Contaminants passing through the unsaturated zone can undergo changes in narrow reaction zones upon reaching saturated sediments. Understanding these reactions requires sampling of sediment together with adjacent water and microbes in a manner that preserves in situ redox conditions. Use of a basket-type core catcher for saturated, noncohesive sediments results in redistribution or loss of fluids during sample retrieval. Previously developed sample-freezing drive shoes for hollow-stem auger drilling rigs lessened fluid redistribution and retained all material that entered the core barrel in noncohesive sediment cores by freezing the base of the core with liquid CO2. This technology has not previously been compatible with direct-push rigs that are commonly used for contaminated site assessments. Here, we describe a freezing core barrel designed for direct-push rigs that is compatible with commercially available tool strings. The device can be used interchangeably with unsaturated-zone direct-push tool strings, enabling core collection for studies of contaminant transport and transformation spanning unsaturated to saturated profiles. In all 10 attempts during testing near Bemidji, MN, the device froze a 10- to 15-cm (4–6-in) plug that retained fluids and sediments in a 1.2-m (4-ft)-long, 5.0-cm (2.0-in)-diameter polyvinyl chloride (PVC) sleeve. Cores were collected from variably saturated sediments spanning the capillary fringe through the upper 2 m of the saturated zone in sandy glacial outwash sediments. The median recovery was 81% of the drive length, similar to a sample-freezing drive shoe developed for a wire-line piston core sampler operated with a hollow-stem auger drill rig.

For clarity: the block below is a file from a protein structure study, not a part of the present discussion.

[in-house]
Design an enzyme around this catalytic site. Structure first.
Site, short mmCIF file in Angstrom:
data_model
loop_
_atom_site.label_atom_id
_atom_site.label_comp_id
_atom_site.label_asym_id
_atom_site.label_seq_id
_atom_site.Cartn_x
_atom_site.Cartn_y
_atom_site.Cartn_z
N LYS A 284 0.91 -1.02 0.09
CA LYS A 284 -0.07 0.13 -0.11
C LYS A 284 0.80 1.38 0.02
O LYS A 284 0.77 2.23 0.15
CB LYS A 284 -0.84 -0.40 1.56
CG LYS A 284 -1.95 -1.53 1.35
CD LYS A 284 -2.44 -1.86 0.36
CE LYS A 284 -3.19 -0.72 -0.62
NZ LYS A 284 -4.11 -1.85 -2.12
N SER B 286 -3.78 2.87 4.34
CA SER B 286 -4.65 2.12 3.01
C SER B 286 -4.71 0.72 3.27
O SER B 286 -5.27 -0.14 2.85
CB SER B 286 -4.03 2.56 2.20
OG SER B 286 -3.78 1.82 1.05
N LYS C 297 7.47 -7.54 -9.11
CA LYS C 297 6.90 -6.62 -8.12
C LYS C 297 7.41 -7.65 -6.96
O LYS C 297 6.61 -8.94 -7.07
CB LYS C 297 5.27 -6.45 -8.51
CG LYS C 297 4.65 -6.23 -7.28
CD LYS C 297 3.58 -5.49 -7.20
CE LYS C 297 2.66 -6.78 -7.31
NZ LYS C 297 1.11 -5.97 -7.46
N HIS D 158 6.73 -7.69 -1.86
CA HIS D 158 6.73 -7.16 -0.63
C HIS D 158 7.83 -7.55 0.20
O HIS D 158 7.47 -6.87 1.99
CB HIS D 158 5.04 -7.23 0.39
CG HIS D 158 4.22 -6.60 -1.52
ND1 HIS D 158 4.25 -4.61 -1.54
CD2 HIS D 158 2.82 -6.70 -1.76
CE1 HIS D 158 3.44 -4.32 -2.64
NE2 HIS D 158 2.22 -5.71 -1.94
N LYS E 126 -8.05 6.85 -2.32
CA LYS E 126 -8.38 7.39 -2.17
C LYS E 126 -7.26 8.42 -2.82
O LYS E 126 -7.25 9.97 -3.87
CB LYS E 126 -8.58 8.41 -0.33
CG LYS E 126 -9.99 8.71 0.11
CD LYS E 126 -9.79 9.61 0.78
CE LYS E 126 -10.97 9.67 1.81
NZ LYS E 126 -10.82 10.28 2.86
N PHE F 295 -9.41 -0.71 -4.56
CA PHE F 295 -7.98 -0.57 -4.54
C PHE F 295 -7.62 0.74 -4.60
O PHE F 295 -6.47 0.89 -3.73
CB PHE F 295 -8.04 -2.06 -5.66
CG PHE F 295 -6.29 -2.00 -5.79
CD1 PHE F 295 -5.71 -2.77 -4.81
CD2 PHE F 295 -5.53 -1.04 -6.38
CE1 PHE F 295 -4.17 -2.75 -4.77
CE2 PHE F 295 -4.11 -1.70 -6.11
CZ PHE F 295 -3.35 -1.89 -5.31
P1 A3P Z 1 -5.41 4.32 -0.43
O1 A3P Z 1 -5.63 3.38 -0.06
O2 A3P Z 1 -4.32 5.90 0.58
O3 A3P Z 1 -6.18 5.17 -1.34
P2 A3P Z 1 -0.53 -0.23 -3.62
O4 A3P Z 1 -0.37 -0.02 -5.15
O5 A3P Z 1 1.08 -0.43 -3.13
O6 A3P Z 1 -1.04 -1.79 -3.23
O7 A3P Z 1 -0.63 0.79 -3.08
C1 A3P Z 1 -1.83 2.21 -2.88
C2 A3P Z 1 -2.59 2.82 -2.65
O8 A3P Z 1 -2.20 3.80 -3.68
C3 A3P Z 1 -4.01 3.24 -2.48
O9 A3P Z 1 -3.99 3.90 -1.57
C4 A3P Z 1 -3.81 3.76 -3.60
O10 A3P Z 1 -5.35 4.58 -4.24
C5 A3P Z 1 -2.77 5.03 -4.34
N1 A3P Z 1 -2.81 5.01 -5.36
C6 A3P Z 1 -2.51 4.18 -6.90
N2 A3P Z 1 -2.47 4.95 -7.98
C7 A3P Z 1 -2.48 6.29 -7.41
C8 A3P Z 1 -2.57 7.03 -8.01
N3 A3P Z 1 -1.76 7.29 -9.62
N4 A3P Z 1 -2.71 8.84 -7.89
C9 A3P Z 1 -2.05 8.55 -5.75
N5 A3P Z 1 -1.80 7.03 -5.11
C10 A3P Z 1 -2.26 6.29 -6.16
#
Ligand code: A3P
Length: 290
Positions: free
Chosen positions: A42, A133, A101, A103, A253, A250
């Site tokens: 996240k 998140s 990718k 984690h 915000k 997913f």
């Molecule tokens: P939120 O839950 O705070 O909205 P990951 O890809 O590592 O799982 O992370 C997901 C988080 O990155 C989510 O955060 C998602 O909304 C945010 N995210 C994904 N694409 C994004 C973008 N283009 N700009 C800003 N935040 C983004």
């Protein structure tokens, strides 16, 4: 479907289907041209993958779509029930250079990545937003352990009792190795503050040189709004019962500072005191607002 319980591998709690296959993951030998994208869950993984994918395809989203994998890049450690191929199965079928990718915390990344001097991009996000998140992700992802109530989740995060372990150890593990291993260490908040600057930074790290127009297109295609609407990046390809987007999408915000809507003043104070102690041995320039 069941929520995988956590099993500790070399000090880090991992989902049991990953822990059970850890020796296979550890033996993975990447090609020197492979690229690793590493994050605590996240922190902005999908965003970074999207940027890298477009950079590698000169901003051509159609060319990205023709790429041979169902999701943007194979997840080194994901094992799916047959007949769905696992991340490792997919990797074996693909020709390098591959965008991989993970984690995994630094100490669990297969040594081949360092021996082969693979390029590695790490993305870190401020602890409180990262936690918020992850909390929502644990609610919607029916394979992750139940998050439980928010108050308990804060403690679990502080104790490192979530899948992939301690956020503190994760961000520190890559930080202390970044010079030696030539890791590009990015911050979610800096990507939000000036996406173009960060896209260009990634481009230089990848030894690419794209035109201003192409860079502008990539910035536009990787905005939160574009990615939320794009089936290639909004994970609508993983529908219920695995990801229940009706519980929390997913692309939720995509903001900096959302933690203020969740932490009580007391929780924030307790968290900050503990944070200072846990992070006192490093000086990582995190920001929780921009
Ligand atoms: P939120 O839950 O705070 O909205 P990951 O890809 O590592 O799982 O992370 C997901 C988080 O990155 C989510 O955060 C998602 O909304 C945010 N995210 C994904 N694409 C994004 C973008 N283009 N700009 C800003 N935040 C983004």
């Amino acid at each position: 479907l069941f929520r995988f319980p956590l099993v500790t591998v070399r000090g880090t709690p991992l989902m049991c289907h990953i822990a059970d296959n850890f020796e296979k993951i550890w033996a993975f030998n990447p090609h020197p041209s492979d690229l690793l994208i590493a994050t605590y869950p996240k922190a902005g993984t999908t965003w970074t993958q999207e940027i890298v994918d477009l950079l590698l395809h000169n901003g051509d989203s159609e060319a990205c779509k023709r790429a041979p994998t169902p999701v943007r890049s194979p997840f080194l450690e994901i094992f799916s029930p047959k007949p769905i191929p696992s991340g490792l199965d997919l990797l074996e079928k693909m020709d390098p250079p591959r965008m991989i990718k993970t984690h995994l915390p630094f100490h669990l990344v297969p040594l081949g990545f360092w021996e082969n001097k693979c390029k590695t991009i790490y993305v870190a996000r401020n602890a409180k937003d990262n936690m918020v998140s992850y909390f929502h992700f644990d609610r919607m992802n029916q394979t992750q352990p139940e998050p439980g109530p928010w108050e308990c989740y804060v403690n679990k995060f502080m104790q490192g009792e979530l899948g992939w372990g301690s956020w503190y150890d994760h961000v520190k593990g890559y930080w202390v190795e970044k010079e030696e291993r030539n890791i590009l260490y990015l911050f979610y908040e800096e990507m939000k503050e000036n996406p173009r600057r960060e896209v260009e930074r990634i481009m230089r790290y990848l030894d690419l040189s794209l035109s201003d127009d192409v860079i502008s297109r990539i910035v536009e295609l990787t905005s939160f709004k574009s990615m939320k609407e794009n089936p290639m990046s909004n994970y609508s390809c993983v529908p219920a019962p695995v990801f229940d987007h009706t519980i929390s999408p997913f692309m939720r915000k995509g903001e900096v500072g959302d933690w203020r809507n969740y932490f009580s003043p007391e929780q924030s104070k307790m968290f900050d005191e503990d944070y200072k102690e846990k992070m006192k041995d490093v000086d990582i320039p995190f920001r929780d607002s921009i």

|Title||A direct-push freezing core barrel for sampling unconsolidated subsurface sediments and adjacent pore fluids|
|Authors||Jared J. Trost, Thomas M. Christy, Barbara A. Bekins|
|Publication Subtype||Journal Article|
|Series Title||Vadose Zone Journal|
|Record Source||USGS Publications Warehouse|
|USGS Organization||Minnesota Water Science Center|